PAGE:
If you go outside just bring your phone and a bit of money but leave all credit cards and your passport at home. Just make sure to have a copy of your passport on-hand, with possibly the entry stamp included.
6. Wear a hidden money belt
While walking around in Colombia, I would always like to wear a hidden money belt where I would have some money. In case I had to get cash out also my credit card and at times my phone as well. Then I usually had a backpack with only non-valuable things like sunscreen and water. In that case if someone was to take my bag, there would be no valuables in it as I would have them in my money belt.
7. Never leave your guard down
Don’t think just because nothing happened to you in the first few weeks nothing will happen for the rest of your time and stop paying attention to your surroundings.
Thinking about exploring more of Latin America solo? Check out everything you need to know about solo female travel in Guatemala!
8. Try to walk or travel with other people as often as possible
I’m not saying that you should not travel solo, but part of travelling solo is being able to meet new people, right? Therefore, you can never go wrong by finding people for example that are taking the same bus or finding people to share a taxi with etc.
9. Bring two money cards and keep them separately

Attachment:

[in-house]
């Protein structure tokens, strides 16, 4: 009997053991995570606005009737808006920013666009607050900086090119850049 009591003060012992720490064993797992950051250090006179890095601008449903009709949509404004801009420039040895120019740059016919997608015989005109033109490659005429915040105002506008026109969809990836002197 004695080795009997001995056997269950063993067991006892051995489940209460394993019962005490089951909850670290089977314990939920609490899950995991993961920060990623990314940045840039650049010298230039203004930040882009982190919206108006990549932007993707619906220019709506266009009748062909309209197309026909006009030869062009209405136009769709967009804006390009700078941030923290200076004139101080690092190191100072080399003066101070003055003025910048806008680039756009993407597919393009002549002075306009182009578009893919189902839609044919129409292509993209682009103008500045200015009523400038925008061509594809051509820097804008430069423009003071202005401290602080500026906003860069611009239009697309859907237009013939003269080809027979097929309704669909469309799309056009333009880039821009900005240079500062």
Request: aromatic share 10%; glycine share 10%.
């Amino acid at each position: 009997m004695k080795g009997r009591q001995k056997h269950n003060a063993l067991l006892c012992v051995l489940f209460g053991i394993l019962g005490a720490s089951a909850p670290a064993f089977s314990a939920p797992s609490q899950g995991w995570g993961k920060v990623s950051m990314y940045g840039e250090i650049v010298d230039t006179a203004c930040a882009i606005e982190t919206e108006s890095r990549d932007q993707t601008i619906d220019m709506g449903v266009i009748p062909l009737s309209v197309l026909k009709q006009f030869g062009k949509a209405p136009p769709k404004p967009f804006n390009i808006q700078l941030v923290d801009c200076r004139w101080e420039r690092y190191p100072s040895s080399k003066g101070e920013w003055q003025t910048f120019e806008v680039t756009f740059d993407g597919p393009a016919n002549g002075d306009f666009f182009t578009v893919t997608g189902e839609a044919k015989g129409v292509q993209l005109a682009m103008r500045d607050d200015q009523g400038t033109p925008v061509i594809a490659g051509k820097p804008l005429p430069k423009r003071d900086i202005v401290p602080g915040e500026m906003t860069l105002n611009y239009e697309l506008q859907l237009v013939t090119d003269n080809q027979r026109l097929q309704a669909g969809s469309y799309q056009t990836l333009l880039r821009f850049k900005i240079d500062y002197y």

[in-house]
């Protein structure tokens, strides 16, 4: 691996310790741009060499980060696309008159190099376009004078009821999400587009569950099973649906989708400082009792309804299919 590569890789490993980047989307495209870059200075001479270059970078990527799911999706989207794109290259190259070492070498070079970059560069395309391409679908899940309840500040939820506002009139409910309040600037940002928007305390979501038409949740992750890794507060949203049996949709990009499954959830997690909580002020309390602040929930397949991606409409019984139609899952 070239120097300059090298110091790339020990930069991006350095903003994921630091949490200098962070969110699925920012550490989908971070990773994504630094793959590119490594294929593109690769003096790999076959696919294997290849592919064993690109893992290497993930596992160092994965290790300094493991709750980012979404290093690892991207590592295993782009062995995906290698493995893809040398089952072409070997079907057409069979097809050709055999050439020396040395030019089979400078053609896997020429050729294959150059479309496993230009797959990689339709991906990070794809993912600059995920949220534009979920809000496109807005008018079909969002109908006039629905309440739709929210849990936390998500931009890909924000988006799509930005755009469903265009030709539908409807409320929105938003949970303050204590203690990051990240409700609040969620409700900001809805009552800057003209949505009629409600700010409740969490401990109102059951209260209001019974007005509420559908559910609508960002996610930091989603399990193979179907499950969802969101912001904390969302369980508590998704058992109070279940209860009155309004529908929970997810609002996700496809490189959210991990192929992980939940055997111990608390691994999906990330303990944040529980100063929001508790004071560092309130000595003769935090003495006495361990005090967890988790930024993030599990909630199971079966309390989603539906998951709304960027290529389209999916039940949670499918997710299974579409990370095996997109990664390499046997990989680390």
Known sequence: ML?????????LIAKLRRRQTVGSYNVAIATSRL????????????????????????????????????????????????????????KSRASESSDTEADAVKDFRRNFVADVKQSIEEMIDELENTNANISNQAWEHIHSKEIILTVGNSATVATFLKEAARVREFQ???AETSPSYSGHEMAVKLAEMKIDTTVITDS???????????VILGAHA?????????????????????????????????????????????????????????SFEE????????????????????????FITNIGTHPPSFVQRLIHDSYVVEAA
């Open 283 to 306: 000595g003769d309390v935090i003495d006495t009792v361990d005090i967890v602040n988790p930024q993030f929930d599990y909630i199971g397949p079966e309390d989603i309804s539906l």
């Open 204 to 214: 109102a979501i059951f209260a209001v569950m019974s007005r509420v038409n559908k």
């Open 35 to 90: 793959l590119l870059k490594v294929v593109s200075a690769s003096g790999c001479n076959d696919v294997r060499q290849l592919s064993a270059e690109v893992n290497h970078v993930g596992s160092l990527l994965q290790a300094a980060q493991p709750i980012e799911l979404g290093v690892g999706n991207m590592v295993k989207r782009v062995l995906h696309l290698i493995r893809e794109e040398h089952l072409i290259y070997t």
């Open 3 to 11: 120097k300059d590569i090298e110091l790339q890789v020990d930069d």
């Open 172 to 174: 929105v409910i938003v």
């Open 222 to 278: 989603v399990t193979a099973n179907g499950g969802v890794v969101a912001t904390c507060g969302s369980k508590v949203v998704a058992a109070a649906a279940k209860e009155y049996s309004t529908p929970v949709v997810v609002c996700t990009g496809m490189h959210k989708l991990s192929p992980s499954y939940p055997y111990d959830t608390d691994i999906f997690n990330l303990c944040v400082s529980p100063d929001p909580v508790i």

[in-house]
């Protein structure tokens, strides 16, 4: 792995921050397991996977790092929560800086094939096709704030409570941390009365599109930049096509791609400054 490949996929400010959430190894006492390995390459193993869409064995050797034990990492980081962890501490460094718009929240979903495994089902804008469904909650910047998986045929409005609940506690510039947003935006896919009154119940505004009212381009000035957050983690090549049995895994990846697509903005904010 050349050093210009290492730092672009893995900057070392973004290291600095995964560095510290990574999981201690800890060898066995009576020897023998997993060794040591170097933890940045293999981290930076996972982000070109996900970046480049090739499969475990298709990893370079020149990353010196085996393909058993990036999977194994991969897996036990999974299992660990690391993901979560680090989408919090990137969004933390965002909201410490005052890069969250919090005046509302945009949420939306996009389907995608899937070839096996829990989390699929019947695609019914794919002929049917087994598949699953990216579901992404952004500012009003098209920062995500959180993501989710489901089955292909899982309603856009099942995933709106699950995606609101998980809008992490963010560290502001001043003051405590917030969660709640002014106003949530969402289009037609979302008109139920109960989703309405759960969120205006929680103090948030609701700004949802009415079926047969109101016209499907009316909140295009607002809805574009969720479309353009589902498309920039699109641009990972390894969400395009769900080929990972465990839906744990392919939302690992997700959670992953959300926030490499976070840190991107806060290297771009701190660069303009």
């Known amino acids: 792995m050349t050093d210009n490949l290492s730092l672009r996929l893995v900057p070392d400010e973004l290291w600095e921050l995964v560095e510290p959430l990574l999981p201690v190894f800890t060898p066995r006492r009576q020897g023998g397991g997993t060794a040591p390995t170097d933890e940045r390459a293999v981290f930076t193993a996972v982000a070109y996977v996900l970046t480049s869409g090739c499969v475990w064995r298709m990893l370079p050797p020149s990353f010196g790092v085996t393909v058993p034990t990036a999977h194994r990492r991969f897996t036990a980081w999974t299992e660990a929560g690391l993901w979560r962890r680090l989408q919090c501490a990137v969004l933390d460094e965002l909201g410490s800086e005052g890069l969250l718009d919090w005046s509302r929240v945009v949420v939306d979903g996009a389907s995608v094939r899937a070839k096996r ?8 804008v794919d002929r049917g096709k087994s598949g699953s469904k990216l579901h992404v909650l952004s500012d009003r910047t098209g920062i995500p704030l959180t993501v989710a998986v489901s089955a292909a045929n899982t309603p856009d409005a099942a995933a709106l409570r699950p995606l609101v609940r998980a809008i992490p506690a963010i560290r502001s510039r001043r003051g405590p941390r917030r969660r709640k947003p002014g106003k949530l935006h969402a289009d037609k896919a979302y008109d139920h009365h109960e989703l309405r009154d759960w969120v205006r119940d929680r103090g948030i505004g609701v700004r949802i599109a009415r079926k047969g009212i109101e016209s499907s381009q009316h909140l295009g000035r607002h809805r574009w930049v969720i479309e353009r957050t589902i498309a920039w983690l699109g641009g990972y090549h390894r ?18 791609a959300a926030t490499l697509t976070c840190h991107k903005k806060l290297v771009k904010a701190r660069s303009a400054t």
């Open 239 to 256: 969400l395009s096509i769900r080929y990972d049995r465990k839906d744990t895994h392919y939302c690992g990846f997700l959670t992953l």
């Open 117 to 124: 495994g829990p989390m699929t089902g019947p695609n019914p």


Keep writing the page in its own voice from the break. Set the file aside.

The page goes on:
This is a safety tip you should follow for every single country you go to, I believe. In case you lose your wallet or it gets stolen, then you want to have another way to access money to not be completely screwed.
10. Take busses during the day when possible
Colombia is a huge country, and getting from one place to another can often require hours and hours of bus rides. In general, it is always safer to travel during the daylight. Also, during the nighttime you might be more likely to fall asleep for longer so you won’t be able to watch your belongings at all times.
11. Don’t walk around by yourself at night
This goes without saying, places that seem fine during the day might totally transform during nighttime. Try to always walk around with other people or take an Uber. Even if you just have to walk another two streets down the road, make sure to just call an Uber if you don’t feel comfortable. Better to be safe than sorry.
12. Listen to locals on where it is safe
Don’t try to judge for yourself which areas are safe to hang out at but rather listen to locals. If a local tells you to not be at a certain place after dark then listen to them. They will know better!
13. Always have a pad lock with you
You probably always have a padlock to be able to lock your valuables away in the hostel and that’s important! But I’d recommend also bringing an extra one when you are on the go. In that way you can for example lock your backpack while on buses.
14. Stay away from drugs
There are a lot of scams when it comes to drugs, and you also don’t really know where they are coming from. Just stay away from drugs whatsoever and you won’t have to worry about any of that.
15. Prepare for something to happen
Not that you would want something to happen but if it does don’t risk getting hurt. Just try to only take stuff with you that you would not mind losing as much. So if someone were supposed to take your bag just give it to them rather than fight and risk getting injured. Sadly, it can happen but you can get robbed in any other country in the world as well.
And here were some of my tips on staying safe in Colombia as a solo female traveller. Have you been to Colombia, or do you want to go? Did I forget to mention any safety tips?
Let me know in the comments!
Talk to you soon x